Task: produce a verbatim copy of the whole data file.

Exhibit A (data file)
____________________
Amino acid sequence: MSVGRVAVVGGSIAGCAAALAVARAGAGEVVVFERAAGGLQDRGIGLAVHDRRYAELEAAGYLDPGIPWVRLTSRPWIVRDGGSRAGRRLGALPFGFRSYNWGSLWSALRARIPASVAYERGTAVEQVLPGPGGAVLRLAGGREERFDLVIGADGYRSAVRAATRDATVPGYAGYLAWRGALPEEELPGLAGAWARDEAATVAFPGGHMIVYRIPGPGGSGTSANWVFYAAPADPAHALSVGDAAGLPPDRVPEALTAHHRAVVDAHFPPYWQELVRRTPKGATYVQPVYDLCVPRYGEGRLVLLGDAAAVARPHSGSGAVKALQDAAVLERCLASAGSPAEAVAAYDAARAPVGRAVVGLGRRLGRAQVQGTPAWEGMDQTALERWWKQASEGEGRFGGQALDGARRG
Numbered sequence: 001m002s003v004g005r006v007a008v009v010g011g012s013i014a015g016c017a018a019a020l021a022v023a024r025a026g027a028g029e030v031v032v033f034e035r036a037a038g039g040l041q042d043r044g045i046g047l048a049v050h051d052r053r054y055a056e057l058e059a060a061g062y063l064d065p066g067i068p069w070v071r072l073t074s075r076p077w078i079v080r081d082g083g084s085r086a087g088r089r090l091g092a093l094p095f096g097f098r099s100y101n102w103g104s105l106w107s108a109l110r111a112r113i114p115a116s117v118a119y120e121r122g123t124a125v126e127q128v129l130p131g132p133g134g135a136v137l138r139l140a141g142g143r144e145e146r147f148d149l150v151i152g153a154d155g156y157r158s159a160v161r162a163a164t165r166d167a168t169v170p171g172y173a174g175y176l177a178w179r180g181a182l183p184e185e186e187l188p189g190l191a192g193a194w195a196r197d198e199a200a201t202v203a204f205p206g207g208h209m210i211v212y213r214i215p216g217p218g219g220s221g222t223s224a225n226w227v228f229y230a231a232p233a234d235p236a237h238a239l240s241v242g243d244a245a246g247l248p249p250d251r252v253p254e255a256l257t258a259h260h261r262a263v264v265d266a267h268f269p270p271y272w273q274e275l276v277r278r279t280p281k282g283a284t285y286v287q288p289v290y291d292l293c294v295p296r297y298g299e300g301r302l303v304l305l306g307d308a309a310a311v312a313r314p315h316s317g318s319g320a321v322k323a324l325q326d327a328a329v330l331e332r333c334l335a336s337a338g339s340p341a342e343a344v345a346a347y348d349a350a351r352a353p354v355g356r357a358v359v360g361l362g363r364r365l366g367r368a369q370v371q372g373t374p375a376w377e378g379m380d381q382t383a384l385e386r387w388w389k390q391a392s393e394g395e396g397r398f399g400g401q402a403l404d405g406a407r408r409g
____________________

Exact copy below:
Amino acid sequence: MSVGRVAVVGGSIAGCAAALAVARAGAGEVVVFERAAGGLQDRGIGLAVHDRRYAELEAAGYLDPGIPWVRLTSRPWIVRDGGSRAGRRLGALPFGFRSYNWGSLWSALRARIPASVAYERGTAVEQVLPGPGGAVLRLAGGREERFDLVIGADGYRSAVRAATRDATVPGYAGYLAWRGALPEEELPGLAGAWARDEAATVAFPGGHMIVYRIPGPGGSGTSANWVFYAAPADPAHALSVGDAAGLPPDRVPEALTAHHRAVVDAHFPPYWQELVRRTPKGATYVQPVYDLCVPRYGEGRLVLLGDAAAVARPHSGSGAVKALQDAAVLERCLASAGSPAEAVAAYDAARAPVGRAVVGLGRRLGRAQVQGTPAWEGMDQTALERWWKQASEGEGRFGGQALDGARRG
Numbered sequence: 001m002s003v004g005r006v007a008v009v010g011g012s013i014a015g016c017a018a019a020l021a022v023a024r025a026g027a028g029e030v031v032v033f034e035r036a037a038g039g040l041q042d043r044g045i046g047l048a049v050h051d052r053r054y055a056e057l058e059a060a061g062y063l064d065p066g067i068p069w070v071r072l073t074s075r076p077w078i079v080r081d082g083g084s085r086a087g088r089r090l091g092a093l094p095f096g097f098r099s100y101n102w103g104s105l106w107s108a109l110r111a112r113i114p115a116s117v118a119y120e121r122g123t124a125v126e127q128v129l130p131g132p133g134g135a136v137l138r139l140a141g142g143r144e145e146r147f148d149l150v151i152g153a154d155g156y157r158s159a160v161r162a163a164t165r166d167a168t169v170p171g172y173a174g175y176l177a178w179r180g181a182l183p184e185e186e187l188p189g190l191a192g193a194w195a196r197d198e199a200a201t202v203a204f205p206g207g208h209m210i211v212y213r214i215p216g217p218g219g220s221g222t223s224a225n226w227v228f229y230a231a232p233a234d235p236a237h238a239l240s241v242g243d244a245a246g247l248p249p250d251r252v253p254e255a256l257t258a259h260h261r262a263v264v265d266a267h268f269p270p271y272w273q274e275l276v277r278r279t280p281k282g283a284t285y286v287q288p289v290y291d292l293c294v295p296r297y298g299e300g301r302l303v304l305l306g307d308a309a310a311v312a313r314p315h316s317g318s319g320a321v322k323a324l325q326d327a328a329v330l331e332r333c334l335a336s337a338g339s340p341a342e343a344v345a346a347y348d349a350a351r352a353p354v355g356r357a358v359v360g361l362g363r364r365l366g367r368a369q370v371q372g373t374p375a376w377e378g379m380d381q382t383a384l385e386r387w388w389k390q391a392s393e394g395e396g397r398f399g400g401q402a403l404d405g406a407r408r409g